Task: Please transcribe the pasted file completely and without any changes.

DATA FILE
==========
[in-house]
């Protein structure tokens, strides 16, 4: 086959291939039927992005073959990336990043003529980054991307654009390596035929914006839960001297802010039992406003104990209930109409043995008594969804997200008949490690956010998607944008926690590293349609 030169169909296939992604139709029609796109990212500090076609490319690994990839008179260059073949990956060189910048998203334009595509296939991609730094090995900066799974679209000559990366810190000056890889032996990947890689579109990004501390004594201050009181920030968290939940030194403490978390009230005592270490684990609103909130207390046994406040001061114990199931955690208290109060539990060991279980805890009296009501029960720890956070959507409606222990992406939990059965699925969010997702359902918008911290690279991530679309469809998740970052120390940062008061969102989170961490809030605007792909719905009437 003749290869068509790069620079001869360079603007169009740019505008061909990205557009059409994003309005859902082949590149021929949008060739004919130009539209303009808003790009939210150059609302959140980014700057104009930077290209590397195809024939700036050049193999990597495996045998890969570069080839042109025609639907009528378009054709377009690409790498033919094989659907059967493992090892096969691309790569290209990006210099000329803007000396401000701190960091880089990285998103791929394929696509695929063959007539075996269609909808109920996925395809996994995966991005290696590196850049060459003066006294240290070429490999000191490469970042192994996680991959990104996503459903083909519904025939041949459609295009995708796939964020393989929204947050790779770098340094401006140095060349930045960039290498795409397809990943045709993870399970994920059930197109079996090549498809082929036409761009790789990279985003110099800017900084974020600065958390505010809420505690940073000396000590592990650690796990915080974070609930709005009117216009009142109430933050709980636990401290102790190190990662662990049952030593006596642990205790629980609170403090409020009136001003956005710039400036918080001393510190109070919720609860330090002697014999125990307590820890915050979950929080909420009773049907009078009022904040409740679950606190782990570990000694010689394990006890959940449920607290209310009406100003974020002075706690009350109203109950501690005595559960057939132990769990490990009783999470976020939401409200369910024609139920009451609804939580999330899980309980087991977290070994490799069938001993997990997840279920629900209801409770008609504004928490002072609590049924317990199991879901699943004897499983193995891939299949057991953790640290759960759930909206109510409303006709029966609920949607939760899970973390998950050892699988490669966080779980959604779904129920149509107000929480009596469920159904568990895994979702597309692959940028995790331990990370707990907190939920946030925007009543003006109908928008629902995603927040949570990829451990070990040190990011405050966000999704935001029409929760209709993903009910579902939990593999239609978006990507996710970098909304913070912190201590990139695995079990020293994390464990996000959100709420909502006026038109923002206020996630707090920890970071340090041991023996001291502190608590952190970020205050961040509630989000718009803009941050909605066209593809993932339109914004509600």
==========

[in-house]
């Protein structure tokens, strides 16, 4: 086959291939039927992005073959990336990043003529980054991307654009390596035929914006839960001297802010039992406003104990209930109409043995008594969804997200008949490690956010998607944008926690590293349609 030169169909296939992604139709029609796109990212500090076609490319690994990839008179260059073949990956060189910048998203334009595509296939991609730094090995900066799974679209000559990366810190000056890889032996990947890689579109990004501390004594201050009181920030968290939940030194403490978390009230005592270490684990609103909130207390046994406040001061114990199931955690208290109060539990060991279980805890009296009501029960720890956070959507409606222990992406939990059965699925969010997702359902918008911290690279991530679309469809998740970052120390940062008061969102989170961490809030605007792909719905009437 003749290869068509790069620079001869360079603007169009740019505008061909990205557009059409994003309005859902082949590149021929949008060739004919130009539209303009808003790009939210150059609302959140980014700057104009930077290209590397195809024939700036050049193999990597495996045998890969570069080839042109025609639907009528378009054709377009690409790498033919094989659907059967493992090892096969691309790569290209990006210099000329803007000396401000701190960091880089990285998103791929394929696509695929063959007539075996269609909808109920996925395809996994995966991005290696590196850049060459003066006294240290070429490999000191490469970042192994996680991959990104996503459903083909519904025939041949459609295009995708796939964020393989929204947050790779770098340094401006140095060349930045960039290498795409397809990943045709993870399970994920059930197109079996090549498809082929036409761009790789990279985003110099800017900084974020600065958390505010809420505690940073000396000590592990650690796990915080974070609930709005009117216009009142109430933050709980636990401290102790190190990662662990049952030593006596642990205790629980609170403090409020009136001003956005710039400036918080001393510190109070919720609860330090002697014999125990307590820890915050979950929080909420009773049907009078009022904040409740679950606190782990570990000694010689394990006890959940449920607290209310009406100003974020002075706690009350109203109950501690005595559960057939132990769990490990009783999470976020939401409200369910024609139920009451609804939580999330899980309980087991977290070994490799069938001993997990997840279920629900209801409770008609504004928490002072609590049924317990199991879901699943004897499983193995891939299949057991953790640290759960759930909206109510409303006709029966609920949607939760899970973390998950050892699988490669966080779980959604779904129920149509107000929480009596469920159904568990895994979702597309692959940028995790331990990370707990907190939920946030925007009543003006109908928008629902995603927040949570990829451990070990040190990011405050966000999704935001029409929760209709993903009910579902939990593999239609978006990507996710970098909304913070912190201590990139695995079990020293994390464990996000959100709420909502006026038109923002206020996630707090920890970071340090041991023996001291502190608590952190970020205050961040509630989000718009803009941050909605066209593809993932339109914004509600």